Nathan Cummings (1896–1985) was born in Saint John. He became an American businessman, investor and philanthropist. He was the founder of Consolidated Foods, which later became known by one of its product lines, Sara Lee Corporation.
Nathan Cummings was the first child of Jewish parents who had immigrated from Lithuania. It was pure chance that he was born Canadian: his parents had disembarked in Saint John, the first port of call, assuming it was their destination, New York City. The family later moved to Waltham, Massachusetts, setting up a small shoe shop. They moved to Manchester, New Hampshire, and eventually relocated their business in Montreal around the time of World War I. Cummings was not able to finish high school, but was sent to the Dry Goods Economist Training School in New York for a year before returning to work with his father. From the age of fifteen he sold shoes until, at nineteen, he took on the job of traveling salesman for a shoe manufacturer.
By 1924 Nathan Cummings had established a shoe shop and factory of his own by 1924, but the business foundered during the Depression, and he was forced to declare bankruptcy in 1932. He paid off his debts and started anew.
By the mid-1930s he had invested in McCormicks, a biscuit and candy company in Canada. The success of that business, which he sold to Weston in 1939, prompted an invitation to manage the Baltimore-based coffee, tea and sugar chain, C.D. Kenny Company. Cummings acquired the company in 1941. Its continued prosperity allowed him to expand his holdings to found a business empire.
Over the next decade, Cummings invested within company after company. In 1945 he established his corporate headquarters in Chicago and formed the Consolidated Grocers Corporation as a holding company. Time proclaimed him the “Duke of Groceries.”
In 1954 the company name was changed to Consolidated Foods Corporation, which Cummings thought was ‘less old-fashioned’, and in 1985 the name Sara Lee Corporation was adopted. Sara Lee was the name of one of the company’s best known brands, which Cummings had acquired in 1956.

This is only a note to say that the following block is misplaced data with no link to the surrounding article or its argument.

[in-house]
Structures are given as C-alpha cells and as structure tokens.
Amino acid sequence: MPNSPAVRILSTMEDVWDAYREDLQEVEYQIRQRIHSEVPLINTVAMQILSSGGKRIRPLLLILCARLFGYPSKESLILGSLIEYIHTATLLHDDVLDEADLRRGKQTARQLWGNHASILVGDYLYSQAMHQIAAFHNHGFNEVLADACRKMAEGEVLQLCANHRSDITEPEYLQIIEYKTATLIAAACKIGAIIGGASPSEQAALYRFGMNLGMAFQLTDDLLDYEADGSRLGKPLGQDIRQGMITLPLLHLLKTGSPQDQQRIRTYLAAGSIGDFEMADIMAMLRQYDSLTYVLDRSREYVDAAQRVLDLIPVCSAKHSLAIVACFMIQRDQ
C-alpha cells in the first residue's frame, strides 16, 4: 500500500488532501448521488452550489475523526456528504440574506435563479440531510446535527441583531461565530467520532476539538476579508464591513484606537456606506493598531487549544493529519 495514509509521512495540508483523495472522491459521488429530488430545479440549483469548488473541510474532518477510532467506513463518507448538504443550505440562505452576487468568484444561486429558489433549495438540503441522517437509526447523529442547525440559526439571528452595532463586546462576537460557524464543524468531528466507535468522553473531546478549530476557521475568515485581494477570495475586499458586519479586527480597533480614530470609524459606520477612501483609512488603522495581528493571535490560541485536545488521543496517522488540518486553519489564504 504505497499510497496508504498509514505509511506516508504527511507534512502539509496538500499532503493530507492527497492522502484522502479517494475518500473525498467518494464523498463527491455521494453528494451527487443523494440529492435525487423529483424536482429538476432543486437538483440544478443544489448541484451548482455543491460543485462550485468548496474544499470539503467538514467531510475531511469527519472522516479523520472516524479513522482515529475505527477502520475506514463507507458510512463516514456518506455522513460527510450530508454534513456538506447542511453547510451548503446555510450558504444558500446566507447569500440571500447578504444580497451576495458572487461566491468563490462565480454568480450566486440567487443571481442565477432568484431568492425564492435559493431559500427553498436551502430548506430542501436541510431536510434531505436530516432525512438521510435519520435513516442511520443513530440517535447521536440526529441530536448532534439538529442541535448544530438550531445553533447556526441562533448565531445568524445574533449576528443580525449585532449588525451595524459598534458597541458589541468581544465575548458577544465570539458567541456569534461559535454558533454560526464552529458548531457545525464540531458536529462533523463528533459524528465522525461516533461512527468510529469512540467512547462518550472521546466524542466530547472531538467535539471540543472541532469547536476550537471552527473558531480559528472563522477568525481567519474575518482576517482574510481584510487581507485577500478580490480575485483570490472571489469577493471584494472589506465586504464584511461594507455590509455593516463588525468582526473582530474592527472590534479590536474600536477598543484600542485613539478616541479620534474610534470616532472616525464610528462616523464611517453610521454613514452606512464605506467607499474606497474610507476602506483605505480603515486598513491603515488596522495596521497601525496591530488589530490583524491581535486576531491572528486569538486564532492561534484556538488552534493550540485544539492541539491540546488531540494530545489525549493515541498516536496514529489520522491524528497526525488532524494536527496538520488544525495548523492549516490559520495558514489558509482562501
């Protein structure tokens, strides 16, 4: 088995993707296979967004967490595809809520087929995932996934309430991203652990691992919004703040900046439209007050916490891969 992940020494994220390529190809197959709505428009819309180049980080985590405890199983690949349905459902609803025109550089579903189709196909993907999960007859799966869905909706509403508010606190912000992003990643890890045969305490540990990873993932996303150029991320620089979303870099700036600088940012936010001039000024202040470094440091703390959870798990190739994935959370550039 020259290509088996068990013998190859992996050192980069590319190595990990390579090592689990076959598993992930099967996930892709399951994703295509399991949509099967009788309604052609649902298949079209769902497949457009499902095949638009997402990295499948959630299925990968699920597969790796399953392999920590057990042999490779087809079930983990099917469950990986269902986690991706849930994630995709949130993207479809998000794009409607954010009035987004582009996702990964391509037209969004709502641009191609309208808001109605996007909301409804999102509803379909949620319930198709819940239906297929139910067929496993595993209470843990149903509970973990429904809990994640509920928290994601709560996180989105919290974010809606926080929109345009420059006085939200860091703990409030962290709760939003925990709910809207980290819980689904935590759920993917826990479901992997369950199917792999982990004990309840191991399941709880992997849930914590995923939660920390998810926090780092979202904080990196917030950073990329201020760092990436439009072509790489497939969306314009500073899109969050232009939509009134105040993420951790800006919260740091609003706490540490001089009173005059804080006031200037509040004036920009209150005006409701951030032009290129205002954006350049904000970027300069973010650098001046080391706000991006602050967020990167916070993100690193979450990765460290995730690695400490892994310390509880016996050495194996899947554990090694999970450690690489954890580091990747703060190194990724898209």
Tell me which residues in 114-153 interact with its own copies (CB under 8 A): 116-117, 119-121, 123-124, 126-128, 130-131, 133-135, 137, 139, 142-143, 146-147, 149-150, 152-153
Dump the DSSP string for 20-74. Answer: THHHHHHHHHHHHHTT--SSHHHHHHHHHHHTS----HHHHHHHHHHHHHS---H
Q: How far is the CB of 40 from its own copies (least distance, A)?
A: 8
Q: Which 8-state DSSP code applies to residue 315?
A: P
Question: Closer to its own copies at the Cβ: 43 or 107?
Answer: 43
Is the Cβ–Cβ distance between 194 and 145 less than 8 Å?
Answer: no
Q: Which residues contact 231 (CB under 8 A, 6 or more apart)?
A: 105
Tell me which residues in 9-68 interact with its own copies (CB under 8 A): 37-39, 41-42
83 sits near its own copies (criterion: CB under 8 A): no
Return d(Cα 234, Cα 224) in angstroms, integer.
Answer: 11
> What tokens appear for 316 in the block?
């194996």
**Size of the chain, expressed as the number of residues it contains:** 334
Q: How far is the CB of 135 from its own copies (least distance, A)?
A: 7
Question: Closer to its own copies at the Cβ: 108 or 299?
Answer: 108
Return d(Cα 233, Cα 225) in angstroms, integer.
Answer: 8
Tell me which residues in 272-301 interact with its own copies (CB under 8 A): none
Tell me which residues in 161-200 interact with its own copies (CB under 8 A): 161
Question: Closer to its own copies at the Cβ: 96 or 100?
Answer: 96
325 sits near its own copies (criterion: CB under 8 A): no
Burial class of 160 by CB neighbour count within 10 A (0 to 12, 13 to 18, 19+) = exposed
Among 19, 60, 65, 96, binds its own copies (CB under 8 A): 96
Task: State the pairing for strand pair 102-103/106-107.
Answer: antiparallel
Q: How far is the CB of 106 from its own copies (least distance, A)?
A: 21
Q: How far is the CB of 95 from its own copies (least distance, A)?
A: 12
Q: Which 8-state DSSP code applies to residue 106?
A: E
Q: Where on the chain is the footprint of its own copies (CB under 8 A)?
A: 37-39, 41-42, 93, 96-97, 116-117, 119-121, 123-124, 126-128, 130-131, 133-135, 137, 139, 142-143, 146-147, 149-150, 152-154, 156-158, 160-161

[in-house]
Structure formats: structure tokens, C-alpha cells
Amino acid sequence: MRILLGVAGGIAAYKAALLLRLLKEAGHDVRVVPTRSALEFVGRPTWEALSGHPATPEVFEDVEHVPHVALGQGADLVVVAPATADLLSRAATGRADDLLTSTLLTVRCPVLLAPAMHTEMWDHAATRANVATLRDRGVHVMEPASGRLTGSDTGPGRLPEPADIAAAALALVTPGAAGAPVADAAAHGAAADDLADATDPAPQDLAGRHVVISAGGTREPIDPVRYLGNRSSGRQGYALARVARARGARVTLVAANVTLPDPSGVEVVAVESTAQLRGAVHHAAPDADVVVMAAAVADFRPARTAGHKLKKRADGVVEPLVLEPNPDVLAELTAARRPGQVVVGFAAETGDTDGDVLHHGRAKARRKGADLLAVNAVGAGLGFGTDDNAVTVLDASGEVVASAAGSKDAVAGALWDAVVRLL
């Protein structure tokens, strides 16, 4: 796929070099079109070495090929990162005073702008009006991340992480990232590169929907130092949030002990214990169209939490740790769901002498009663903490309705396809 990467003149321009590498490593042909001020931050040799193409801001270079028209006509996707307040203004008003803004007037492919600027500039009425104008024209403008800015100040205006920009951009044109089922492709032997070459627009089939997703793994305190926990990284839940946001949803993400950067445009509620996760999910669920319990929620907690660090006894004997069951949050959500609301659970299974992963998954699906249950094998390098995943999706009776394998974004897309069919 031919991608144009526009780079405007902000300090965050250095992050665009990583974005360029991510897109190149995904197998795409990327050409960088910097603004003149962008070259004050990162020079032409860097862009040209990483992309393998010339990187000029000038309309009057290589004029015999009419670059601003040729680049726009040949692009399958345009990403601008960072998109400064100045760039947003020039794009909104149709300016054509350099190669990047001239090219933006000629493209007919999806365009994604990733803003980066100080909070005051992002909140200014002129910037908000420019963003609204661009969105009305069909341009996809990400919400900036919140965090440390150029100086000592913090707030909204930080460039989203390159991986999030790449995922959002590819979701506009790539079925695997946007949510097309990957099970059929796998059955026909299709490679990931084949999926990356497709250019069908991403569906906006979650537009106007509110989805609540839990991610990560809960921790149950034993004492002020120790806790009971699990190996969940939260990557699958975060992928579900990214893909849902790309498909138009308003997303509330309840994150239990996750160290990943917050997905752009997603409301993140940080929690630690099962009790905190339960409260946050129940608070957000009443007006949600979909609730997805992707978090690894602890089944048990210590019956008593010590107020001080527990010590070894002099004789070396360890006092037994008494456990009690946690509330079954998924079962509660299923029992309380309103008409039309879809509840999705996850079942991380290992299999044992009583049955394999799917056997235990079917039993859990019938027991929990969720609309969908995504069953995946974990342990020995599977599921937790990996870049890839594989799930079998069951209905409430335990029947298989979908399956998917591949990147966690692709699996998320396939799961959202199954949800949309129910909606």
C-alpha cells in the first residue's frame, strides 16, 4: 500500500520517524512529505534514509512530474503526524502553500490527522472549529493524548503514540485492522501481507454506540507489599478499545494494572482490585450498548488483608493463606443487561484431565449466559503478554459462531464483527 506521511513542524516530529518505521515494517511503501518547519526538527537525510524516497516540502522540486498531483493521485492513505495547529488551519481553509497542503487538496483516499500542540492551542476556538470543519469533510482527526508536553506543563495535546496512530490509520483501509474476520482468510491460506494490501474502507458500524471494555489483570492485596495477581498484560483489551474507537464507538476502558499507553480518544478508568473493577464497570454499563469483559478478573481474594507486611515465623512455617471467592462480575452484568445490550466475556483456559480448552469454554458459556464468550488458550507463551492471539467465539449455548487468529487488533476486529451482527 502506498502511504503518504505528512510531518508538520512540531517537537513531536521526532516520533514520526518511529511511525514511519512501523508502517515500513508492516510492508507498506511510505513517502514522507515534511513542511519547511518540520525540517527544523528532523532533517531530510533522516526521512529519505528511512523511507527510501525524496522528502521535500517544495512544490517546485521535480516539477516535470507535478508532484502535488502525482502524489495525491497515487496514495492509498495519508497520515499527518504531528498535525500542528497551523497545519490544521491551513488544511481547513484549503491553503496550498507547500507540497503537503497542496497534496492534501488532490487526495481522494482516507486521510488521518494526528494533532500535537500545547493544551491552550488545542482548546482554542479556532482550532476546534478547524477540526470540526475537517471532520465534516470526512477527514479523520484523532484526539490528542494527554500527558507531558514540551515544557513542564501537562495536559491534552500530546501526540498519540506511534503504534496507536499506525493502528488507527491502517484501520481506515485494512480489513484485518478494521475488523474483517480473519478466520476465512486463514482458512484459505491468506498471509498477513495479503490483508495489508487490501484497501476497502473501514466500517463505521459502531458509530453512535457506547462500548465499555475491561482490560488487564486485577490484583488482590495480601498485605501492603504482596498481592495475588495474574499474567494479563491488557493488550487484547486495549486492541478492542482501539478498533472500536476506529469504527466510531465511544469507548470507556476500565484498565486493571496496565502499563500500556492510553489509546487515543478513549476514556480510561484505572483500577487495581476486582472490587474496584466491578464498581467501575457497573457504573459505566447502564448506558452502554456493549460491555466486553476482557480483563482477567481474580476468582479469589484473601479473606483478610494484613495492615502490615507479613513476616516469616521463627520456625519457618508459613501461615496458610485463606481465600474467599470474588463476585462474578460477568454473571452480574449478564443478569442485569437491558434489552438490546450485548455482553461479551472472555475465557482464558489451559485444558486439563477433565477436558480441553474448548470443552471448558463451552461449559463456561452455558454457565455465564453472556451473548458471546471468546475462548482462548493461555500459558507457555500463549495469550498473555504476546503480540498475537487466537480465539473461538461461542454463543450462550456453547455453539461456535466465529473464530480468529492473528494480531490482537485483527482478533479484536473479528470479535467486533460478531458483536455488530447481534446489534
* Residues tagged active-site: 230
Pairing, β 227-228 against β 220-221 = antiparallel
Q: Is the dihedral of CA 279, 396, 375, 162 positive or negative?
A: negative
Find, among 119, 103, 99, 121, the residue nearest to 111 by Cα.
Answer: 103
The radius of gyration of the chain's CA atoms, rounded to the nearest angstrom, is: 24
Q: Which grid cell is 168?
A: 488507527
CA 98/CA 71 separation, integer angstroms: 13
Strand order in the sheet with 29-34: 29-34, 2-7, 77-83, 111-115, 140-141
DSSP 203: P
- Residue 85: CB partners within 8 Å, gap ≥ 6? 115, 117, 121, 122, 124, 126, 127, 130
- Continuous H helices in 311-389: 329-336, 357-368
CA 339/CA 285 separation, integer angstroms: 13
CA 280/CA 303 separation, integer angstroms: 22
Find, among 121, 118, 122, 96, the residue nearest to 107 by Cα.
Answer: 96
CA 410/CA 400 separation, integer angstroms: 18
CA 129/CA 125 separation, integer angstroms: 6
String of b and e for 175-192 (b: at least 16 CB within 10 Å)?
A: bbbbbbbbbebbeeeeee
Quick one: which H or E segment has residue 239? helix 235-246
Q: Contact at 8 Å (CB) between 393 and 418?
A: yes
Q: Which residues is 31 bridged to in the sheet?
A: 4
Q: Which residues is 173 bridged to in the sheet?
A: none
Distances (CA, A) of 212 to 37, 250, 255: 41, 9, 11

Nathan Cummings retired from the company in 1968, but remained honorary chairman and active in company affairs until his death in 1985.
Cummings’ first wife was Ruth Lillian Kellert, whom he married in 1919. She died in 1952. In 1959, he wed Joanne Toor; the marriage ended in divorce in 1976. Upon his death in 1985, Cummings was survived by three children from his first marriage, Beatrice Cummings Mayer of Chicago [1921-2018], Herbert Cummings of Paradise Valley, Ariz., and Alan H. Cummings of Palm Beach; ; a sister, Mrs. Monroe Abbey, of Montreal; four brothers, Maxwell, Benjamin, Ralph, and Harold, one sister, Minnie, all of Montreal, and nine grandchildren. Cummings was also related to MGM’s legendary studio boss Louis B. Mayer. Their mothers were sisters.
In 1992, a history of the Cummings family entitled David and Bessie Komiensky, Jewish Lithuanian Immigrants: A Brief Family History, was commissioned by friends as a surprise gift for Herbert Kellert Cummings, and published by Brigham Young University in Provo, Utah
Starting in the 1950s Cummings became a major donor to hospitals, universities, arts organizations, and Jewish causes. His endowment created the Nathan Cummings Arts Center at Stanford University and the Joanne and Nathan Cummings Art Center at Connecticut College in New London. (Joanne Toor Cummings was the second wife of Cummings; she died in 1995.) He made major contributions to the National Gallery of Art in Washington DC, to the Metropolitan Museum of Art, New York, and to the Art Institute of Chicago. In 1949 he established the Nathan Cummings Foundation, which received most of his estate (then estimated at $200 million) upon his death. The foundation funds initiatives to build a socially and economically just society.
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Very grounded-intelligent-loving thus, placing money in the most thoughtful and highly productive directions.